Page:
As the pharma industry endures to progress, pharmacy education in the country will have to renovate it to help India Pharma leverage emerging opportunities and to nullify the challenges. Discussing the same, Dr B Suresh, president Pharmacy Council of India, New Delhi threw light on few strategies for industry focused curriculum in a webinar for field experts and educationists in Indore.
“Pharma professionals have scope in pharmacy production, manufacturing, quality assurance, quality control, drug regulatory affairs, packaging, research and development, hospitals, community service, government openings and an essential role in regulatory bodies,” Suresh said. He urged the educationists to ensure that students know about the scope and further specialisation accordingly.
“We are in process to implement artificial intelligence, machine learning and latest digital technology in the education system for advancement in clinical trial research, innovation of drug research, betterment in patient care, Revolution in R&D and better accuracy in epidemic prediction so institutes must be ready to adopt and further educate students on the same,” Suresh said. He quoted the importance of industrial training and said that it is superlative runway for undergraduates to grasp hands of experience provided before entering the competitive world, to get exposed to entrepreneurship and managerial skills, good knowledge of newer designed instruments and communicate so the institute should go for it maximum times as it can be done.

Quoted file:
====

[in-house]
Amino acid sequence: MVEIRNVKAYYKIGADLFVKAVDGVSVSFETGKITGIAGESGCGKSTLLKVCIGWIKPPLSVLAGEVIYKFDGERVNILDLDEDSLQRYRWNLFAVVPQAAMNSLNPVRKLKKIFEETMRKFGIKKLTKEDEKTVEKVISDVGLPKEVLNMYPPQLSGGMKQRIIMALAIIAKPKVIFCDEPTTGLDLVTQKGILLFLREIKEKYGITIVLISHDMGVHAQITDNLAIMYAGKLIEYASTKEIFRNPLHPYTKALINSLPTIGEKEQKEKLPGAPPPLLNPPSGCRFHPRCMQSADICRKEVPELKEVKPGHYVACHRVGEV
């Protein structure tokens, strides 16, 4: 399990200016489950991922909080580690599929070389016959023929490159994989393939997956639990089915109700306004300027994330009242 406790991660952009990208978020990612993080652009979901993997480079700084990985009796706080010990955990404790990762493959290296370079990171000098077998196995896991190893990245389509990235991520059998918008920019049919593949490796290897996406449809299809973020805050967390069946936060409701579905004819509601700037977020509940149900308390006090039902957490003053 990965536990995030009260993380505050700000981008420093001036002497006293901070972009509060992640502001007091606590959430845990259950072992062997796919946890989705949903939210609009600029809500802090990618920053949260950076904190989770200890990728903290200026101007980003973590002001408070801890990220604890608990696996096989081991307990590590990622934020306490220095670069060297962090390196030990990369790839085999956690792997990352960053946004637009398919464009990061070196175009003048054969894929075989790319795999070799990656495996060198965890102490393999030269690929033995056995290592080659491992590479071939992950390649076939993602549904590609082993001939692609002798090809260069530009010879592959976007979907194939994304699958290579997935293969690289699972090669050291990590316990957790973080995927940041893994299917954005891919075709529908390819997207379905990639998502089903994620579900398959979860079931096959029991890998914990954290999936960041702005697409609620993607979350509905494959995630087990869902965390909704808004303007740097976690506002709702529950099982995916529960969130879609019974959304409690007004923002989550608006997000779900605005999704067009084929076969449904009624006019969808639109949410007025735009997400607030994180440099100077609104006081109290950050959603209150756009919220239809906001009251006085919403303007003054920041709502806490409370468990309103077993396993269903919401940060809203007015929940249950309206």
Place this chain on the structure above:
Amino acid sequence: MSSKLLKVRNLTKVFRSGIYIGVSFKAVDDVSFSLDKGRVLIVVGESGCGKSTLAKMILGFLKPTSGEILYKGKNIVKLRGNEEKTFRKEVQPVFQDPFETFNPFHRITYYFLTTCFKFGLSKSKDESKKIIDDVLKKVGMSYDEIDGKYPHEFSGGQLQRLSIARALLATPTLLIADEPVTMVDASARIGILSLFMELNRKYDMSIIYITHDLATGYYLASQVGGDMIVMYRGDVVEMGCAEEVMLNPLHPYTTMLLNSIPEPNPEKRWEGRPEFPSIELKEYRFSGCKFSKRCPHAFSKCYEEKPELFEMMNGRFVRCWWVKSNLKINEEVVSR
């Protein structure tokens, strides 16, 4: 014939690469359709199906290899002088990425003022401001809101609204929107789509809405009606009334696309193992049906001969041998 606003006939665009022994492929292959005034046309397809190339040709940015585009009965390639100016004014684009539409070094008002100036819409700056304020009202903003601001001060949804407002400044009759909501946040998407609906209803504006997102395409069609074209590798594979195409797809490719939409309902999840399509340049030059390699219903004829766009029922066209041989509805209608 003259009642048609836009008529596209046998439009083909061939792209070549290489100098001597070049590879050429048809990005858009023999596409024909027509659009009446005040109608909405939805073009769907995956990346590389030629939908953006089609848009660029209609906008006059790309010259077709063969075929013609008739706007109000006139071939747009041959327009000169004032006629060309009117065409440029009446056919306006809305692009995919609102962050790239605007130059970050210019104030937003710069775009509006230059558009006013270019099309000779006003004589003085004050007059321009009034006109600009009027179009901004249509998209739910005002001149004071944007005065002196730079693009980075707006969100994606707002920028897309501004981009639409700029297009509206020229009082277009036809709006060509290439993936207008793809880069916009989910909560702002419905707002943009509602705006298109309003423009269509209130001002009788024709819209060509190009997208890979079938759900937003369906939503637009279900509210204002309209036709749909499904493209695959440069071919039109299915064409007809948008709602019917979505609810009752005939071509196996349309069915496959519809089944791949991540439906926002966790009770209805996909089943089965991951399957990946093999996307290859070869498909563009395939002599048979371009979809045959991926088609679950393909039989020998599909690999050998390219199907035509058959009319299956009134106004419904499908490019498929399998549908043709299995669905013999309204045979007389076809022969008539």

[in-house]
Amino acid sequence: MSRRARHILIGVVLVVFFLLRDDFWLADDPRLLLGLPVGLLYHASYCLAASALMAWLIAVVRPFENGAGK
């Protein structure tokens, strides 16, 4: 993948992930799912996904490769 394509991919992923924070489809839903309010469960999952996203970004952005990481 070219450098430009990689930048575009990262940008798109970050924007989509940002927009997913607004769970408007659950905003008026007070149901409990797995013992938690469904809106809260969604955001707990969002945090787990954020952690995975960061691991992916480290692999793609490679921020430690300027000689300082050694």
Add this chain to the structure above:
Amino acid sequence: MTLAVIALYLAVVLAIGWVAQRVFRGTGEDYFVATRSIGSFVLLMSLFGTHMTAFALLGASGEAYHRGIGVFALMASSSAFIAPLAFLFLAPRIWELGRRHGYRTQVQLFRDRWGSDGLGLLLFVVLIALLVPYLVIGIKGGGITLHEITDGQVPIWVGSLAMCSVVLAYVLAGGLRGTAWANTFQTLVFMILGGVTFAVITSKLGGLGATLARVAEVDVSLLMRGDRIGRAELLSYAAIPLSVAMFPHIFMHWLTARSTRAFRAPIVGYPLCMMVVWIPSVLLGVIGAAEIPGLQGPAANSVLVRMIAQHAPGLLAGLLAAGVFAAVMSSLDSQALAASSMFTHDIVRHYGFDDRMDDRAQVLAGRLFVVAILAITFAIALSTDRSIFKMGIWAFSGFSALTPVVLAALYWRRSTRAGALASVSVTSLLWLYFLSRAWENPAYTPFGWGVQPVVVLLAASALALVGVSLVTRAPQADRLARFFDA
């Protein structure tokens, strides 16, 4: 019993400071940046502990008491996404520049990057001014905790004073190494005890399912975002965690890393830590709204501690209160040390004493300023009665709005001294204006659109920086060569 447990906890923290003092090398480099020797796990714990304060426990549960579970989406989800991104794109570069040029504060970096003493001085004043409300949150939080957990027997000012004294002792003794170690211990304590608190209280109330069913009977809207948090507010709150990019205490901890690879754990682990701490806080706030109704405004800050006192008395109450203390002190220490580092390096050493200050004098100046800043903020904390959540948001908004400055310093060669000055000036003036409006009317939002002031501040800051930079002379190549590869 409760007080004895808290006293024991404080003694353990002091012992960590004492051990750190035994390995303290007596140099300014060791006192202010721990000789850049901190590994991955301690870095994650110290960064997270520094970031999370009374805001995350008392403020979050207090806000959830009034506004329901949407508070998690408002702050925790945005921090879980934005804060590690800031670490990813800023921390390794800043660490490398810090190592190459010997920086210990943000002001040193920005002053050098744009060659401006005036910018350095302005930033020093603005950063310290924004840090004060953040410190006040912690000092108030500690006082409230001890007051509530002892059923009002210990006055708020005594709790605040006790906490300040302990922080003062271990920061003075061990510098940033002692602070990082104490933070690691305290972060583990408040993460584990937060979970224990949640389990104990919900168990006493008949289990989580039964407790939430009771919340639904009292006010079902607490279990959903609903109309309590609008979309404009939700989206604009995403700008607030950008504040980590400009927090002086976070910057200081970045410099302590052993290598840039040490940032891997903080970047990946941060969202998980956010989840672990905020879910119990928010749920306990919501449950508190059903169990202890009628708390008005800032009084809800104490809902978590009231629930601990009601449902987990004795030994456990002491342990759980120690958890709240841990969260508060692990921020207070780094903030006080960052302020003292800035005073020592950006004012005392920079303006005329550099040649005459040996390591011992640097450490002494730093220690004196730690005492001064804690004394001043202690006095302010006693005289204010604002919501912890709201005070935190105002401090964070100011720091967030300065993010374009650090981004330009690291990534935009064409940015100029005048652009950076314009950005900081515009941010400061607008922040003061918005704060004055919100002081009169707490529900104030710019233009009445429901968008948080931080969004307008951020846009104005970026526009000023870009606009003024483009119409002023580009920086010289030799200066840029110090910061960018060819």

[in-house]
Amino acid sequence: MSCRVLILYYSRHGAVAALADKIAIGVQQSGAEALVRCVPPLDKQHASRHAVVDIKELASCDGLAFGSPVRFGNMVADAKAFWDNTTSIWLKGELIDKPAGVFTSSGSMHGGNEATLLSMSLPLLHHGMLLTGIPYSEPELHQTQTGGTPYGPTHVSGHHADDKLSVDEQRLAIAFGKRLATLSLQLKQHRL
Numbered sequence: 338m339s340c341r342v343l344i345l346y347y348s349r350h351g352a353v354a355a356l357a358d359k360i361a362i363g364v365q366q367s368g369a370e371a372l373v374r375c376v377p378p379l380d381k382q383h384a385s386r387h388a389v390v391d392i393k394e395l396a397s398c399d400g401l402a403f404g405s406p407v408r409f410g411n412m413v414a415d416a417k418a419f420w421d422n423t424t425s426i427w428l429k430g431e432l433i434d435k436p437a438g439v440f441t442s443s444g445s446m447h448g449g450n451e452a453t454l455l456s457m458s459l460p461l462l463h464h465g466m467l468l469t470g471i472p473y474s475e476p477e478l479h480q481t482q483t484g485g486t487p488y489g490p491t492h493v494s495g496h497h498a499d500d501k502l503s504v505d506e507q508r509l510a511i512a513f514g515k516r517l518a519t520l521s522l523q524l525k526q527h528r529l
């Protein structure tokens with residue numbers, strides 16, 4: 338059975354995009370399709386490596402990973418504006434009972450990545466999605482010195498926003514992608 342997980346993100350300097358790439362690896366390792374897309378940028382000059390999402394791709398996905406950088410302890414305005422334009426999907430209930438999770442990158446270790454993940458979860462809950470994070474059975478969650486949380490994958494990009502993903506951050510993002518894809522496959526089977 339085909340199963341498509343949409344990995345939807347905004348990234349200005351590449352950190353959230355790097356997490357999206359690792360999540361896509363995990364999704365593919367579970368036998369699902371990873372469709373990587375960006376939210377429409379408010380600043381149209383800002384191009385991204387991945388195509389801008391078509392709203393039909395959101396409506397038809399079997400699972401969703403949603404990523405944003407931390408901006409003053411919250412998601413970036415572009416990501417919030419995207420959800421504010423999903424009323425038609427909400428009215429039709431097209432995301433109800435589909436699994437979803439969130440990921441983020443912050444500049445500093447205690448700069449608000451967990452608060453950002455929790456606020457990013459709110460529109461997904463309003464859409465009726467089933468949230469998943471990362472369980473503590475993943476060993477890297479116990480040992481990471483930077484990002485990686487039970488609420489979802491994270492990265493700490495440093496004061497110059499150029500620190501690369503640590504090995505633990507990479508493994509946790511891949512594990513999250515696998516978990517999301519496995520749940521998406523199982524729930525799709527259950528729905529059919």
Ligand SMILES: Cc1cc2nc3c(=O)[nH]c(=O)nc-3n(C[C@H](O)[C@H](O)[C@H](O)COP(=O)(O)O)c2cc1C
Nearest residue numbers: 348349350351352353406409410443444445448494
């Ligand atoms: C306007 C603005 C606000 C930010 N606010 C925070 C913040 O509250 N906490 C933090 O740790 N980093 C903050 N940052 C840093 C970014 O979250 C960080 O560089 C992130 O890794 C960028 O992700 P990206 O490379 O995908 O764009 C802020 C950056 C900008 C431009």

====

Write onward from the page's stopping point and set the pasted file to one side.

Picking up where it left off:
“The future pharmacist should have good knowledge on pharmaceutical and marketing fields as well,” Suresh said. He explained that other than analytical and strategic abilities, a pharmacist has to be capable of managing the entire marketing department of the organization.
“In a large organisation, as a leader pharmacist would also be required to hire, train and monitor other personnel in his or her department,” Suresh said.
He discussed diverse sections and divisions in a pharmaceutical company including clinical research, intellectual property, clinical research, etc.
“These sections have their individual necessities of proficiency and expertise,” Suresh said. In order to cater those needs, a pharmacist should be acquainted with necessary cognitive domains.
“Our council will be forming academic curriculum for pharmacy colleges and students,” Suresh said.
Other discussions were on working SOP of Pharmacy Council of India, its regulation and revision methodology of Academic curriculum for all courses of Pharmacy, whether PCI designed implemented syllabus fulfils the expectation of Industry, health care system and Pharma Industries, inclusion of digital learning, artificial intelligence, machine learning, deep learning, 3D technology and many more recent advancements in the digital world, upgrading cognitive domains of Pharmacy students by increasing duration of practice school, increasing subjects of Pharma Marketing Management, discussions of need of animal handling experiments in Bachelors of Pharmacy, inclusion of Pharmacy course syllabus in Government Public care examination like State Public Commission examination, support for R and D units establishment and Import substitution centres.
The session was convened by Dr Neelesh Malviya, Principal of Smriti College of Pharmaceutical Education, Indore. He outlined the concept of the Live Interaction being one way of future interactions.
The session was introduced by prof Dr Sapna Malviya. More than 18,000 people attended the online session citing more than +1000 live comments.